And as in all situations when we fail to obey God’s revealed will, there were consequences. So, after Hagar conceived, she despised Sarah. And in reaction to this, Sarah blamed everything on Abraham – Gen 16:5 “Then Sarai said to Abram, “My wrong be upon you! I gave my maid into your embrace; and when she saw that she had conceived, I became despised in her eyes. The LORD judge between you and me.” And we were told in Gen 16:6 that Sarai dealt harshly with Hagar – who was pregnant. How evil of Sarai and how very unreasonable! Wasn’t she the one who suggested this plan in the first place? What could have invoked such cruel behaviour from her? Once again, I am inclined to believe that it was because she felt she was losing control. When a woman goes into such frenzy, we are reminded of the truths in Prov 21:9; 21:19; 25:24 – that it is “better to dwell in the corner of a housetop or wilderness than in a house with a contentious woman“.

When we read of such things in the scriptures, we are sad and reminded of how terrible a state sin has brought about in us. There are important lessons we can learn here:

1) As partners in life, a wife can be a blessing or a curse to husbands. John Wesley had a wife known to be unhelpful to his ministry. She was apparently suspicious of every woman he spoke to, thereby limiting his ministry in so many ways. Why did she do that? I can only think of the truth conveyed in Gen 3:16 that she felt insecure and wanted absolute control of her husband. Hence, it is important that young men do not seek wives based on their appearances or capabilities. These may become snares to them later in their life and relationship. Character & grace should be the most important criteria for what young men seek in their prospective life partners. These are the traits that will last. Similarly, young women should seek such traits in their prospective life partners. Otherwise, they will lack the spiritual leadership that they desire.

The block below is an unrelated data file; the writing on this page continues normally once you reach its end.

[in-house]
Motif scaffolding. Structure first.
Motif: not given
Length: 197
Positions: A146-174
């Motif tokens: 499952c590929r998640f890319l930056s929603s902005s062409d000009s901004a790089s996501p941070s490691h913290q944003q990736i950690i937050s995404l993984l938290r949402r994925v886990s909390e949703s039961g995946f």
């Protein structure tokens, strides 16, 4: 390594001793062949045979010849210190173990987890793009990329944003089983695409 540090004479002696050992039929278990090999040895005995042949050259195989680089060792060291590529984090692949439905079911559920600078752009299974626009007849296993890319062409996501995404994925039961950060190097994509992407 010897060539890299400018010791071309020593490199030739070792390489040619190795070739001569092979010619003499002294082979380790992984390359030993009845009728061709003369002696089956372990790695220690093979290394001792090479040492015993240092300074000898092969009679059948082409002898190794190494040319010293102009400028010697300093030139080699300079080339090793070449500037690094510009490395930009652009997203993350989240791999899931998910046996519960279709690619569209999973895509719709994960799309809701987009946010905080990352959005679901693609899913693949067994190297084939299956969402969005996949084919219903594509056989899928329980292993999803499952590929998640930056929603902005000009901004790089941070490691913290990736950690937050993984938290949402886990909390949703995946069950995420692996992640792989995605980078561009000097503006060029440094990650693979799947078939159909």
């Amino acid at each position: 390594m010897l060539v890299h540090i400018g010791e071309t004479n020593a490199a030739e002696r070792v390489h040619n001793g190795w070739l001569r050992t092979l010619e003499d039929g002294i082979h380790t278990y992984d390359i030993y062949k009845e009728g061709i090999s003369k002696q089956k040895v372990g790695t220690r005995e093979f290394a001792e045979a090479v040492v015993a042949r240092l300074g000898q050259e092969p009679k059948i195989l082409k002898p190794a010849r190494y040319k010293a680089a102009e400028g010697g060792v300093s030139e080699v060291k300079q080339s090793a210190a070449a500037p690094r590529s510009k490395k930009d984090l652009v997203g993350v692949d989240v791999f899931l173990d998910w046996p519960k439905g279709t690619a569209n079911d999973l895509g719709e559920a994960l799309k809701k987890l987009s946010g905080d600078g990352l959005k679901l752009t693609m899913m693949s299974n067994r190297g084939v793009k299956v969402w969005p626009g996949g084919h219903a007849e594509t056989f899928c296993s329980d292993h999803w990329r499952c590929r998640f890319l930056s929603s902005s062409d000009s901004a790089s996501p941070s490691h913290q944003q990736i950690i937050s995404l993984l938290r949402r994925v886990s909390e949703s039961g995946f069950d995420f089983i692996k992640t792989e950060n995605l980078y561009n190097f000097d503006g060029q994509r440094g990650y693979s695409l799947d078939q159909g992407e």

2) The challenge laid out for the husband is a tough one. He is to love his wife sacrificially, just like how Christ loved the Church and gave Himself to redeem her. The husband is not to submit to the wife. Instead, he is to lovingly influence her and stir up in her love and good works. This can only be done with great wisdom in handling the various situations that will be encountered in the life together. And this wisdom can only come about with much prayer and devotion to God.